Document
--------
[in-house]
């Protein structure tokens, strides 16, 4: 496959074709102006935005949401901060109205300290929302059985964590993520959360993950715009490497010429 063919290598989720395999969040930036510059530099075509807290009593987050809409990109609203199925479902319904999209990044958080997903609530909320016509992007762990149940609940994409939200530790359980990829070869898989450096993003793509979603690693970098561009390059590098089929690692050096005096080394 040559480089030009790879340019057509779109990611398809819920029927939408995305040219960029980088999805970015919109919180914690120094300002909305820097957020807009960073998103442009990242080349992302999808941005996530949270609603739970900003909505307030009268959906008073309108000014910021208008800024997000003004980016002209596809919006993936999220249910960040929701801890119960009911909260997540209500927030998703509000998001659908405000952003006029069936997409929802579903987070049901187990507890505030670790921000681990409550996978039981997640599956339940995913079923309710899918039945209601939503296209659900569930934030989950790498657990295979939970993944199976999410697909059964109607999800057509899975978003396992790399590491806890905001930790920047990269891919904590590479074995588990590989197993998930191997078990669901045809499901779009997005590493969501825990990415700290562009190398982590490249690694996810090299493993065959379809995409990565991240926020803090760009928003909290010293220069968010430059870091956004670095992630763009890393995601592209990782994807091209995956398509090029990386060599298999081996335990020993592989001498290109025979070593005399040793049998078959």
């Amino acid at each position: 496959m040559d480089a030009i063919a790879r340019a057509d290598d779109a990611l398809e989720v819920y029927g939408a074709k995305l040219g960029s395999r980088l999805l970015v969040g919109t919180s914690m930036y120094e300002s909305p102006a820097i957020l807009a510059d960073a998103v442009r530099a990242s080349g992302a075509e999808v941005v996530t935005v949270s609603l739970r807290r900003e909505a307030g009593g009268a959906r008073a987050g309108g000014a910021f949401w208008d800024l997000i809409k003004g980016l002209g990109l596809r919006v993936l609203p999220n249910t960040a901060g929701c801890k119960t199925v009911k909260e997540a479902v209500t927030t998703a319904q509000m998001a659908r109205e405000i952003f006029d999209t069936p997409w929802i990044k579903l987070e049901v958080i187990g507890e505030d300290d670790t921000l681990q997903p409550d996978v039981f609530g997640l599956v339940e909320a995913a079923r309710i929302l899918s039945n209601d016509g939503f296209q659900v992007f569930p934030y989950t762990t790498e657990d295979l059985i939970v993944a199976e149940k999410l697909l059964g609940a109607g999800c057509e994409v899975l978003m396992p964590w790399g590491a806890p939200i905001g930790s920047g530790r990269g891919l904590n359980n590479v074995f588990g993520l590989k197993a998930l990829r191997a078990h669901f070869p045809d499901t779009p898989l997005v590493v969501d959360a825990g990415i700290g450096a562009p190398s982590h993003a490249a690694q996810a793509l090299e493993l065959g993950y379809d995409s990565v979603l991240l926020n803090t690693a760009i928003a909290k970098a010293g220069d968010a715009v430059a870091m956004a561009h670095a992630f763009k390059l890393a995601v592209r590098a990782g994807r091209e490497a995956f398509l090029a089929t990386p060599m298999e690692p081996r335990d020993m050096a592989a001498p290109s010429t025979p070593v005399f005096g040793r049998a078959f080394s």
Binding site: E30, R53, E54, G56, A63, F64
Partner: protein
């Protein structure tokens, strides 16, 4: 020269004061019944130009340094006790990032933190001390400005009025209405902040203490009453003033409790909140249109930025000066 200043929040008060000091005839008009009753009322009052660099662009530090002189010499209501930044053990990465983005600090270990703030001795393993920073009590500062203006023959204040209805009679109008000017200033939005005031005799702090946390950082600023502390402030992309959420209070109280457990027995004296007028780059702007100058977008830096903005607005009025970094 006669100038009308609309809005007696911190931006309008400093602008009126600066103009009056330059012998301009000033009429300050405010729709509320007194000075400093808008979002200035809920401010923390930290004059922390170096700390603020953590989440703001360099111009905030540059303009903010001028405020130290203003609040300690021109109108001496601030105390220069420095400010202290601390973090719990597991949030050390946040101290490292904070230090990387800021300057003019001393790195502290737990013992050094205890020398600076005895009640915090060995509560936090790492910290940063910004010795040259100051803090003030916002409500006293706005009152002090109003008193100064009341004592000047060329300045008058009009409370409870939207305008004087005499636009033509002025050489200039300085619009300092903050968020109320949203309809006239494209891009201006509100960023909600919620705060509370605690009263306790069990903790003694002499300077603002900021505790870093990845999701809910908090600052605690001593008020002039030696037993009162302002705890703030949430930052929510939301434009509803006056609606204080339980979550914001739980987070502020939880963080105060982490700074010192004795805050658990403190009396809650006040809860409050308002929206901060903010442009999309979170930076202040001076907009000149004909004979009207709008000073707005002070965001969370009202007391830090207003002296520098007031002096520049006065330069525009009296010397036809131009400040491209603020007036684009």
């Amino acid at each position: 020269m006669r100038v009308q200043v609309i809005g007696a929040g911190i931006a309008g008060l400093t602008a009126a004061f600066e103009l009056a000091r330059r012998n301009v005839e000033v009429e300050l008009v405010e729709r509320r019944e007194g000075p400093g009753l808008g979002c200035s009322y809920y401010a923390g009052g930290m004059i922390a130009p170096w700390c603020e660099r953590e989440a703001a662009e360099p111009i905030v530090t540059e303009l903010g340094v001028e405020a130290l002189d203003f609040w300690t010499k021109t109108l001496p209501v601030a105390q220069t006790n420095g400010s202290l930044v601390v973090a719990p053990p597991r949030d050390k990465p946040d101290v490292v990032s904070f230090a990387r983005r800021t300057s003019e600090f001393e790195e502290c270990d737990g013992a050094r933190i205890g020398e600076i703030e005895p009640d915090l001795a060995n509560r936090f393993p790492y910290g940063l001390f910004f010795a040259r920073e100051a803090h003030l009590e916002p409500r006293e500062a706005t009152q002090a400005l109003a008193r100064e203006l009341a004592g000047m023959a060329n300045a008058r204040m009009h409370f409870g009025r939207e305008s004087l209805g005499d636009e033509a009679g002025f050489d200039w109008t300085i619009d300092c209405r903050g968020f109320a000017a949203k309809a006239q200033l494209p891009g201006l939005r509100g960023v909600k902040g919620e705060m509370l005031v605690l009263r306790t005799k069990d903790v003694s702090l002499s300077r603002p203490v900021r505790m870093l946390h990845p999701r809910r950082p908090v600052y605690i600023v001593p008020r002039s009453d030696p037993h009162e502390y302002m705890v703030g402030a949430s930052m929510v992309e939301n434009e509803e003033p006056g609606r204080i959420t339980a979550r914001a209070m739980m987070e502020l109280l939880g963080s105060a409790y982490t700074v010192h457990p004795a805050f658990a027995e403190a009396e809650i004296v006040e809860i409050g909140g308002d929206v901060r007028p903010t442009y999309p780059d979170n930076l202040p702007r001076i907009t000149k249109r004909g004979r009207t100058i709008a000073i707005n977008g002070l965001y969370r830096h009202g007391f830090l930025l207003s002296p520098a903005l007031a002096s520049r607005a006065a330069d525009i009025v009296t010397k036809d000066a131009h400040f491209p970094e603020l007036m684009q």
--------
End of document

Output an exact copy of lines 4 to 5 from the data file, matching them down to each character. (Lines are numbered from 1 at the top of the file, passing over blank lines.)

Binding site: E30, R53, E54, G56, A63, F64
Partner: protein